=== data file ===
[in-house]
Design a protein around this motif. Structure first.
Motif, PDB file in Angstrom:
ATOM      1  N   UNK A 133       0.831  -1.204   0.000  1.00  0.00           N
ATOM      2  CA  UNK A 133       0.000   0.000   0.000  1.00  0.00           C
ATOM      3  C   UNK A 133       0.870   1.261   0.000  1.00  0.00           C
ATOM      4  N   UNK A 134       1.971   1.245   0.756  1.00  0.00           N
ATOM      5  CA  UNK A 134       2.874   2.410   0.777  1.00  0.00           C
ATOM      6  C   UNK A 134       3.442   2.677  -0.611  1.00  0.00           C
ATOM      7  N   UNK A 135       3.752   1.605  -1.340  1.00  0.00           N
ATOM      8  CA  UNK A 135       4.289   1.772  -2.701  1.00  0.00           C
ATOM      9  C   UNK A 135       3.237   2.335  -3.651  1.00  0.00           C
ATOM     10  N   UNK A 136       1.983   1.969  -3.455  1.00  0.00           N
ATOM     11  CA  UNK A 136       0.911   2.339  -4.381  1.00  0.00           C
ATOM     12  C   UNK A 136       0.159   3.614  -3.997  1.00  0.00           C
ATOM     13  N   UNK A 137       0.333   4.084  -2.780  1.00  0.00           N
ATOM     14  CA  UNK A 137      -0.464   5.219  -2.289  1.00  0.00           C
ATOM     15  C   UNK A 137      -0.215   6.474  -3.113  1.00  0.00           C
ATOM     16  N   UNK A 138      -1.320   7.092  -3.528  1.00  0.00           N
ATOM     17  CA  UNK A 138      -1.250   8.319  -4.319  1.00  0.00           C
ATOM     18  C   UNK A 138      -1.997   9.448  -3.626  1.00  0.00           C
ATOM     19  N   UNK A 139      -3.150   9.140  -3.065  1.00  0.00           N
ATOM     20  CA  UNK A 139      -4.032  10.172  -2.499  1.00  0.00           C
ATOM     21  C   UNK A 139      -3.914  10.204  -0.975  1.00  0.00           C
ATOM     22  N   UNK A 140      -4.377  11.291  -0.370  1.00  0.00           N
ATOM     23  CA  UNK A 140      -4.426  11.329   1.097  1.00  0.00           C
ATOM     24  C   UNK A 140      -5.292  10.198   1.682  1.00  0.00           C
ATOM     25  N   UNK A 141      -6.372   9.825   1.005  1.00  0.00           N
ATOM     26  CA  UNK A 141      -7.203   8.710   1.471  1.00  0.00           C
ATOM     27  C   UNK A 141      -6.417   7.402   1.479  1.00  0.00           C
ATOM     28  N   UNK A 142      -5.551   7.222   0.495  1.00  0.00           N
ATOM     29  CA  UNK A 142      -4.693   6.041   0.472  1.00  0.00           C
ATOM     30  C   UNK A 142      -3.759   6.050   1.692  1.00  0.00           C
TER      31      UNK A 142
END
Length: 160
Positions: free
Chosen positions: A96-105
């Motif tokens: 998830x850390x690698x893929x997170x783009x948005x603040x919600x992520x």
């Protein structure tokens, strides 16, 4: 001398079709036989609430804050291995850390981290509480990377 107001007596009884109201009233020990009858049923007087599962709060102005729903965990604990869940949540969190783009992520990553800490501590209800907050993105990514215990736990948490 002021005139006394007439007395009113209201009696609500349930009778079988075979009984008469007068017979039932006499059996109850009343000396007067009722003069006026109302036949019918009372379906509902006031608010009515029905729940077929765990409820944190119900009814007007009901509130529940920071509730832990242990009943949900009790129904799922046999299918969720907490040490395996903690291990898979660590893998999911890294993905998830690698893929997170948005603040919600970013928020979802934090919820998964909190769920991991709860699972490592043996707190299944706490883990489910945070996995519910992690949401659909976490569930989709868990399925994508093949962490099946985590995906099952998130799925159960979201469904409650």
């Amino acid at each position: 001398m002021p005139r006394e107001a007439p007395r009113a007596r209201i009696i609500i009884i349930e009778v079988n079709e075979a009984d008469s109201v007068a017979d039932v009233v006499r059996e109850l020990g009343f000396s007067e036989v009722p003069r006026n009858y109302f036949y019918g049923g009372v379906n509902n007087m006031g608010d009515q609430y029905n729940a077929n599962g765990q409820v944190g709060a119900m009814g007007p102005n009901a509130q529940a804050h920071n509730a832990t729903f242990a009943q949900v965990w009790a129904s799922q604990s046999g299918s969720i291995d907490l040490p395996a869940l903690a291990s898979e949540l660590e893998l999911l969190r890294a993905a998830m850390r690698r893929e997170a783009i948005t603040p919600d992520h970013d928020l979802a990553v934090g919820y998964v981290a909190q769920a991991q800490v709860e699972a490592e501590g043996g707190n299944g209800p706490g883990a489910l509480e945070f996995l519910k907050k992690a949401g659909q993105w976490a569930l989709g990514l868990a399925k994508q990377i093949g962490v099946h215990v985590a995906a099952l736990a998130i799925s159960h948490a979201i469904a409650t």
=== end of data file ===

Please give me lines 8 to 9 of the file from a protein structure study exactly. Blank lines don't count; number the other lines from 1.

ATOM      5  CA  UNK A 134       2.874   2.410   0.777  1.00  0.00           C
ATOM      6  C   UNK A 134       3.442   2.677  -0.611  1.00  0.00           C